Last thanksgiving, before putting on my apron and diving into the intricate meal I had planned for months, I took my dog for a run. When I was growing up, getting outside to exercise before the feast was a family tradition. My mother, father, two border collies and I would pile into the truck and head out for the first cross country ski of the season. While running, for the first time surrounded by a big city and hundreds of people doing the same thing, I was intrigued by the conversations that wisped by. Quips of sentences pieced together in my head beneath the heavy breathing and visions of other people’s thanksgiving traditions flickered through my head. Diet, stuffed, gross, so much food, hectic, disaster; people’s words were frequently disheartening. I have definitely had my fair share of thanksgiving disasters and oh so stuffed moments on the couch, so this year I have decided to change gears and focus on the word thanks, which I hope to bring more of to the table, to the food I eat, to the nourishment I give my body and to the people I share it with.
Thinking about thanks was spurred, not just by last years run, but also by a sentence that I came across that read, “Think of bringing nourishment into our bodies rather than just feeding ourselves.” I realized, while reading this, that the stressing, organizing, feeding and rushing that is so commonly associated with Thanksgiving is not making for a nourishing tradition but a frenzied feeding one. We rush around trying to time everything in the oven just right. The television is often blaring in the background, the table needs to be set, guests need to be organized and people swarm the kitchen looking for something to do.
In a technical sense, all of this sends the nervous system into the sympathetic state of alert. The natural reaction to stress puts an emphasis on all systems in your body used to fight or flight in reaction to stimulus. Your heart rate and air intake increase and other systems, especially your digestion are put on hold. When we sit down to eat a meal in this state it is difficult to truly receive what you are putting in; you feed yourself, but do not nourish your body. In the sympathetic state that our nervous systems are too frequently in, the body pushes food through but does not absorb nutrients. Hormones that are essential to the digestion, absorption and use of nutrients are not secreted and the body’s sense of satiation in diminished. We can simultaneously stuff ourselves silly and malnourish our bodies.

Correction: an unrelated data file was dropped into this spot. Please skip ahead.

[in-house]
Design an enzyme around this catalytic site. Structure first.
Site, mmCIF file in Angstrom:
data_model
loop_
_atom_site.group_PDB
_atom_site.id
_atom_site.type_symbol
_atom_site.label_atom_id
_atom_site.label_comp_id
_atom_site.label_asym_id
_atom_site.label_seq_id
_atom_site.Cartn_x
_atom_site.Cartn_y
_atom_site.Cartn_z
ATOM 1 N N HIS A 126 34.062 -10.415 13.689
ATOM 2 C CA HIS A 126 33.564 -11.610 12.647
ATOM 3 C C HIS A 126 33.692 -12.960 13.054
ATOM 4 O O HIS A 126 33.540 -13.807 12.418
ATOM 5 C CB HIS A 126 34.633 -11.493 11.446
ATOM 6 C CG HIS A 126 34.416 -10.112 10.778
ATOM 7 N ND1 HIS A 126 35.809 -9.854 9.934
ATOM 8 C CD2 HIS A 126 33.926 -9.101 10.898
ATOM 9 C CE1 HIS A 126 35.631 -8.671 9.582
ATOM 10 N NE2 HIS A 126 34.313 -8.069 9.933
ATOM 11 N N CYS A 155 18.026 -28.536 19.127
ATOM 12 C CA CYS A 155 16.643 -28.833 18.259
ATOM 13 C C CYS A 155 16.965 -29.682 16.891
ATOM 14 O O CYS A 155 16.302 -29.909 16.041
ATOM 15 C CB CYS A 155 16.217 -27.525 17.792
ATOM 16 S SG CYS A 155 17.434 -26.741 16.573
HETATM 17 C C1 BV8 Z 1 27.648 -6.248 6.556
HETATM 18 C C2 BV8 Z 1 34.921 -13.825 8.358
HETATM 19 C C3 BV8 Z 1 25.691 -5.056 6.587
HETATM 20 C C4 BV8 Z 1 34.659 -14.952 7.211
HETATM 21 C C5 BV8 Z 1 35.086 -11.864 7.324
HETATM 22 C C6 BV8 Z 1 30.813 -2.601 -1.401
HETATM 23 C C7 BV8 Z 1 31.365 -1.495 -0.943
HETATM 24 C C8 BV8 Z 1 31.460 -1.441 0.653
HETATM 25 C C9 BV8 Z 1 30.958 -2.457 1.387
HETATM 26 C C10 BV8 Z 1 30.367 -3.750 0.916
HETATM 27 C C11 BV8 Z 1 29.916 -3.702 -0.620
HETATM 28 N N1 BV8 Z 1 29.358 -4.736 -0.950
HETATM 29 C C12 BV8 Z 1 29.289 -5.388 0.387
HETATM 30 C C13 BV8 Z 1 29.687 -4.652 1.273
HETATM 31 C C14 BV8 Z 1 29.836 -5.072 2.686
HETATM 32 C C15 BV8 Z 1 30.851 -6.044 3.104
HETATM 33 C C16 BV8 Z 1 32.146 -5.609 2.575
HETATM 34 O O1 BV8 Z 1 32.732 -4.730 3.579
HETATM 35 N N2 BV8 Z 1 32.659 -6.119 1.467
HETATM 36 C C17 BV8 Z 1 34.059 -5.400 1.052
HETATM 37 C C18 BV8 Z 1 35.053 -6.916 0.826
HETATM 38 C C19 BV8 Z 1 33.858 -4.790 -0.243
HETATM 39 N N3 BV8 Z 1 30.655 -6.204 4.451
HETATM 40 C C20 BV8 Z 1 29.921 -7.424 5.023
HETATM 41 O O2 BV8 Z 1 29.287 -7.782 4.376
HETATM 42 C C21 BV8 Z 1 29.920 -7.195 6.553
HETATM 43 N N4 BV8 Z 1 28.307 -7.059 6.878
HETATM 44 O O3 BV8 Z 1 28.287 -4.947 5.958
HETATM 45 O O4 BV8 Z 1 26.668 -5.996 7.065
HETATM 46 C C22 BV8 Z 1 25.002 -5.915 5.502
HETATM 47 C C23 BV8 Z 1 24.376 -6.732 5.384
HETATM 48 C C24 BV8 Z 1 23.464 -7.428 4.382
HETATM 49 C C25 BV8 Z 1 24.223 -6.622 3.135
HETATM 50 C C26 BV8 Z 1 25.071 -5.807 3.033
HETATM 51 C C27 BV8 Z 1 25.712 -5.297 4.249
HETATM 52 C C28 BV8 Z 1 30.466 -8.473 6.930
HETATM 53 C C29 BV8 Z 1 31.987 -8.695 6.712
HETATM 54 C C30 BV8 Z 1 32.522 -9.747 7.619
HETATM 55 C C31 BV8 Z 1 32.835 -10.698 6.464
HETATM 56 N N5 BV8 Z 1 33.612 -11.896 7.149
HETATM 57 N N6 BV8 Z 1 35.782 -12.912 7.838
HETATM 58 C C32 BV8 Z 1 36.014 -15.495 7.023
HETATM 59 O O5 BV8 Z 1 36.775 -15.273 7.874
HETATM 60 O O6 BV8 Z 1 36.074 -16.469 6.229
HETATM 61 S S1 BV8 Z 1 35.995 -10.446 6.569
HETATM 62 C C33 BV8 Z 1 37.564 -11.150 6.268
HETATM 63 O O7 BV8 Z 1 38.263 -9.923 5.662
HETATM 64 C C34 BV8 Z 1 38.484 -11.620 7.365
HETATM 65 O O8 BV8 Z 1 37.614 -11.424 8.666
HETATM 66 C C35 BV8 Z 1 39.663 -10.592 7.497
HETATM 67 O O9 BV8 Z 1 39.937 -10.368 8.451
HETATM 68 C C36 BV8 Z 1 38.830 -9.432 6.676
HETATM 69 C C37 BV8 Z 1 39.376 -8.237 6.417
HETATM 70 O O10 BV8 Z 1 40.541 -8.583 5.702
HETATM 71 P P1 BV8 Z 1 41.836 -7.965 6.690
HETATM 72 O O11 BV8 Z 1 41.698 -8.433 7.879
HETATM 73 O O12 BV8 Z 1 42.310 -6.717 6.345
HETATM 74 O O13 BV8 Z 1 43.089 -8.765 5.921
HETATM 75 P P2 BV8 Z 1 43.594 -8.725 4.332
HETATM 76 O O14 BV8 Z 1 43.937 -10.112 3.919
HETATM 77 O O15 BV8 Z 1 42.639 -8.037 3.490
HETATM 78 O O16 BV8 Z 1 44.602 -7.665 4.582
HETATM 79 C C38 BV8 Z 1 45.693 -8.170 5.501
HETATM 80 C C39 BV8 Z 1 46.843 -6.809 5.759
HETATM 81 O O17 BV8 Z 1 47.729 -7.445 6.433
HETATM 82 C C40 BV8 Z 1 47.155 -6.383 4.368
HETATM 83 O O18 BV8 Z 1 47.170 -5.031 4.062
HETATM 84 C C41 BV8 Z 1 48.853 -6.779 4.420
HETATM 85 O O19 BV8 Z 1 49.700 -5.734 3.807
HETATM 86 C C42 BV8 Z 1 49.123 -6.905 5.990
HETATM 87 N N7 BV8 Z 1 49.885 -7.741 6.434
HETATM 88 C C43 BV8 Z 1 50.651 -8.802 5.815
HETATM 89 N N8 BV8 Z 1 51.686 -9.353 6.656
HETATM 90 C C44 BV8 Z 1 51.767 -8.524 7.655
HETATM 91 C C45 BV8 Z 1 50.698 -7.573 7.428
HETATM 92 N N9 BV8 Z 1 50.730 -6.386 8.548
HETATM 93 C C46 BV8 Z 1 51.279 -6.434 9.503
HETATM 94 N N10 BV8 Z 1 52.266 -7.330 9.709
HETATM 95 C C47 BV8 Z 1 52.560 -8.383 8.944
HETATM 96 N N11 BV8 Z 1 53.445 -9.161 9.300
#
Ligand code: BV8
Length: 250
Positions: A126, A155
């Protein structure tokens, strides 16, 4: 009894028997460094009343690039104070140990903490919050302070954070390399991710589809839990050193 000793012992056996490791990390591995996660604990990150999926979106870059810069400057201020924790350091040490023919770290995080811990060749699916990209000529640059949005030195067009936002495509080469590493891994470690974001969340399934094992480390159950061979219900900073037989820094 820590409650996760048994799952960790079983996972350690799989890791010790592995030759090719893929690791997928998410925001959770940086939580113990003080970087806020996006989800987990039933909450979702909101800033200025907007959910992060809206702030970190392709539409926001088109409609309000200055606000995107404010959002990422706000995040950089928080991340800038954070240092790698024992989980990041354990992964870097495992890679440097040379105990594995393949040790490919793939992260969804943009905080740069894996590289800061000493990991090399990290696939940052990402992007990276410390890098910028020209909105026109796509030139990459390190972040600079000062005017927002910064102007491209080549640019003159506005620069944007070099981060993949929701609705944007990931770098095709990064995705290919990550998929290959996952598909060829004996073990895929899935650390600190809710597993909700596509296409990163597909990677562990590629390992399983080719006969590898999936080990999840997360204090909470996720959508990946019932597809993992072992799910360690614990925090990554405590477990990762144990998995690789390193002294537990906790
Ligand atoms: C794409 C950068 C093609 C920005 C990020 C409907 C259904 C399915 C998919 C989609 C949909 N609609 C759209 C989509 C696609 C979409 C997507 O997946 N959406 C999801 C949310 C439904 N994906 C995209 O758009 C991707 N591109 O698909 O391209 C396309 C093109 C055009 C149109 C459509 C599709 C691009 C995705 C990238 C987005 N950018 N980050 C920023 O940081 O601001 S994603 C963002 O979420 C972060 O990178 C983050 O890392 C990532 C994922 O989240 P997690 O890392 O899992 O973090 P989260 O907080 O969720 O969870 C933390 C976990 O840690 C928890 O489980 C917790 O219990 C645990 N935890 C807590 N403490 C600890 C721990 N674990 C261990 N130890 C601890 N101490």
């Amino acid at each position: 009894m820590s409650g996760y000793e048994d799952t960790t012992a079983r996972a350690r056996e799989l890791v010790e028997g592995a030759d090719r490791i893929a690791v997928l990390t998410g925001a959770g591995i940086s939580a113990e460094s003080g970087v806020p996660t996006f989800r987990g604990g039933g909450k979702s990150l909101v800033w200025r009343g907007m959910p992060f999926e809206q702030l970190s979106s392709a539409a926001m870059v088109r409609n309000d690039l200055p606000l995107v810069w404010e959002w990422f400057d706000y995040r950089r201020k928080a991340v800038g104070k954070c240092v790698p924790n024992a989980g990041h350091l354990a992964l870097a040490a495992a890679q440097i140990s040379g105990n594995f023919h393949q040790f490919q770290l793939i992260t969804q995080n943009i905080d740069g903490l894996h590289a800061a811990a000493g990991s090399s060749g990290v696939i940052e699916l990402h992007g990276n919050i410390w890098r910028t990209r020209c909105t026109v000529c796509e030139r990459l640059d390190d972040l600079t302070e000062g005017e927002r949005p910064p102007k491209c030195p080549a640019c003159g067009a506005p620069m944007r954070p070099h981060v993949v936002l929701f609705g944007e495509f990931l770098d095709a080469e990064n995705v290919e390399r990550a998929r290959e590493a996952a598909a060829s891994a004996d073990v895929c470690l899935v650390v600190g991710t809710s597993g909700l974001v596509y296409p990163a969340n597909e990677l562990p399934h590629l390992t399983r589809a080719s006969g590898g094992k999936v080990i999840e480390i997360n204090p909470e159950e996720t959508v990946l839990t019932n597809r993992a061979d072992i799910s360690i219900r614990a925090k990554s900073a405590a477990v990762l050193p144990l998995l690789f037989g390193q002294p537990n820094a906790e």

In a relaxed or parasympathetic state, on the other hand, breathing and heart rate slow, muscles relax, and the digestive process revs up. We are more inclined to chew slowly, think about the food going in, appreciate the flavors and receive the nourishment. These are the qualities that bring thanks. The physical body thanks you for providing it with the necessary sustenance it needs, every organ and system thanks you for giving them the energy and time they need to catch up and work efficiently, the mind thanks you for letting it rest and have time to think about the present, your emotions thank you for the peace and quiet, your friends and family thank you for a wonderful meal and you can step back and be thankful for it all.
This thanksgiving, wherever you are going and whatever traditions you have, take a moment to give thanks. As you sit down at the table take a deep breath and bring your mind and body to the present. Open your senses and take in all that is around you. Give yourself time to appreciate what you have and those you share it with. Let not just the food and flavors of each bite, but also the family, community, rest and celebration nourish your body. Your body, mind and everyone you share your day with will be thankful.